What Happened to the Great Falls? Just Some Spring Cleaning
Thursday, April 12, 2012 • 7:13am
PATERSON, NJ - Tourists who came to Paterson on Tuesday to see the majesty of the cascading Great Falls left disappointed. They had picked the wrong day.
On Tuesday, the Passaic Valley Sewerage Commission’s began conducting its annual cleanup of the area.
Cleaning up the Great Falls is not as simple as it sounds. Sewerage commission crews diverted the flow of the Passaic River through an adjacent hydroelectric plant, which essentially shut off the 77-foot waterfall.
That allowed about 40 volunteers from Great Falls Youth Corps, Paterson Youth Council, Americorps, the New Jersey Youth Corps and employees of the sewerage commission to move into areas where the river normally flows to remove debris. Last year, they got rid of about 10 tons.
“Today we stand at the riverbank of the Passaic River as it approaches the Great Falls,’’ said Passaic Valley Sewerage Commission Executive Director Wayne Forrest. “Generally it is rapid flowing, but today it is pretty much dried up. It is our statutory mission since the creation of the Passaic Valley Sewerage Commission in the city of Paterson’s legislature of 1902 to get down to the riverbed and remove pollution.”
“And the pollution, as you can see, some of it is natural from hurricane Irene,’’ Forrest added. “There are branches, whole trees that need to be cut up. But the other (debris) is man-made. Tires, a construction horse, a bed-frame. There are all types of debris from people who think the river is to be used as a dump.”
Officials hoped to have the cleanup done by the end of this week to allow the Great Falls to return to normal.
“I am helping the environment and letting the young people know that someone has to clean it up,” said Zamir Figuroa of the Great Falls Youth Corps.
Kalil Dyer, another Youth Corps member, agreed. “This is a national historical area,’’ Dyer said. “You have to bring up one big place to keep other small places clean. We have to keep this place clean so other places get clean too.”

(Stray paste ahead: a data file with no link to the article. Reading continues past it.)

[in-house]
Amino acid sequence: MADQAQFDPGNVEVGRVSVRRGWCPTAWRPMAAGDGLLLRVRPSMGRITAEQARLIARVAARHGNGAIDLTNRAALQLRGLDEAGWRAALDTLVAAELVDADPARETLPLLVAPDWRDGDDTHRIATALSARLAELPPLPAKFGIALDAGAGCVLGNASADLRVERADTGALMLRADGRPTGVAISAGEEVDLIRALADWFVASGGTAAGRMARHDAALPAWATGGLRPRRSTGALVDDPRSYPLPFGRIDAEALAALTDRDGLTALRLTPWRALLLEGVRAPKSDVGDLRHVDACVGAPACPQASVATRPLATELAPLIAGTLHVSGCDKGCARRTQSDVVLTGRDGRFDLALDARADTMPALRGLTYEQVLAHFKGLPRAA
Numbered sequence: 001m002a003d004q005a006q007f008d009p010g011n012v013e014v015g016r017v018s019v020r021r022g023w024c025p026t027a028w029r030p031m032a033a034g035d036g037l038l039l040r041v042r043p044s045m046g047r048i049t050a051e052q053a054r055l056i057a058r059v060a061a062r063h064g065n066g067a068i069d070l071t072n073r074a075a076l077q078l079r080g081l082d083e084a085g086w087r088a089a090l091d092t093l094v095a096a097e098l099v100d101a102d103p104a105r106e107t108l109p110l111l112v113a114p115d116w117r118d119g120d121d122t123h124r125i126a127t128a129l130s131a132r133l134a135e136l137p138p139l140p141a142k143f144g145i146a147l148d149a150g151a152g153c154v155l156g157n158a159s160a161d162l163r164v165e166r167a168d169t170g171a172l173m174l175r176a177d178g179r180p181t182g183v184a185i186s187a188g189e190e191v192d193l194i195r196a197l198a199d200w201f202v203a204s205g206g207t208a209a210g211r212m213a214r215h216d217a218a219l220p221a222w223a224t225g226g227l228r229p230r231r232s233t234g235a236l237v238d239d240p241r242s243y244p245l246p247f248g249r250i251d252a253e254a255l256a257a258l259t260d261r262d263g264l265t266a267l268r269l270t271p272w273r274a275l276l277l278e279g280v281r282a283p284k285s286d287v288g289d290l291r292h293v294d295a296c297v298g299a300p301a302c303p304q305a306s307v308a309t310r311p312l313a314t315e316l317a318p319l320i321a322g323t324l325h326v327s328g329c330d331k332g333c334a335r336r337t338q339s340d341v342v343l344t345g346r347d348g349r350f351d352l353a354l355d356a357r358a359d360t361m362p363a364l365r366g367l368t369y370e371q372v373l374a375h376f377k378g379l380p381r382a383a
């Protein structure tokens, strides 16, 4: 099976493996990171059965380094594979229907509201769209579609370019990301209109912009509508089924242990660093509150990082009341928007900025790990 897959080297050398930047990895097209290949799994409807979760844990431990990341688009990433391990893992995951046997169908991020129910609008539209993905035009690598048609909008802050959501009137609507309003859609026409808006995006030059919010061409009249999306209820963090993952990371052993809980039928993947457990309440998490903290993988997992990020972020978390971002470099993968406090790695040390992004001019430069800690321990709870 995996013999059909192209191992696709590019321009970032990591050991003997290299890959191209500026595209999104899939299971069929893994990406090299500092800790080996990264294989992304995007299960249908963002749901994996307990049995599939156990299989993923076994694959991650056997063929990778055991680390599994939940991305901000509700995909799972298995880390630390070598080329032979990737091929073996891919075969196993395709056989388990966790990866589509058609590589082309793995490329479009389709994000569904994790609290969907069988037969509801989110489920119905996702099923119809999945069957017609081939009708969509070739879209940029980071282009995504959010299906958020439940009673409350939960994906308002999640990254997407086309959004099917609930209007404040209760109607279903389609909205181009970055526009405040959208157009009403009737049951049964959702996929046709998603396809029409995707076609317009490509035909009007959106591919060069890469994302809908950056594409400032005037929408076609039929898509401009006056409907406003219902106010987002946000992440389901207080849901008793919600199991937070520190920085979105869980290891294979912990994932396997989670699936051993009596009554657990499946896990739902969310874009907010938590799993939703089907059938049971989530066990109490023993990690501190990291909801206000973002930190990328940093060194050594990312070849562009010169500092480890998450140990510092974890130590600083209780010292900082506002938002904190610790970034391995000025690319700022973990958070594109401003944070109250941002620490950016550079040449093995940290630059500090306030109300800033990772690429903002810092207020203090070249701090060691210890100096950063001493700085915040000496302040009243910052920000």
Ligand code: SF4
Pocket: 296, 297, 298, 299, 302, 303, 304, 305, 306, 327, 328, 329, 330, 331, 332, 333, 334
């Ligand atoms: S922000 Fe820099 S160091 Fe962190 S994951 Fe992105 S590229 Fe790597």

“What I have told these students for the past two years,’’ said Forrest, “is after they spend a day here giving 110percent, moving heavy items, walking up the steep riverbank go back into their communities, go back to their schools, go back to their family members and tell them what they have done, what they have experienced.”
Sewerage commission officials noted the historical significance of the Great Falls. The agency’s environmental educator, Nicole Esposito, quoted the City of Paterson’s founding father and Great Falls visionary. “Alexander Hamilton once said, ‘If we can harness the power of the Great Falls we will no longer have to rely on the British to produce our clothing’” said Esposito. “This city is where the Industrial Revolution in the United States started. We had the first factories here, the first unions were formed here, this was a textile industry.’’
“The Great Falls are not only an important symbol representing the Paterson community, but also a significant piece of our nation’s history,” Forrest said. “The continued partnership between the PVSC and the Paterson community ensures that this unique historic site will be enjoyed by future generations.”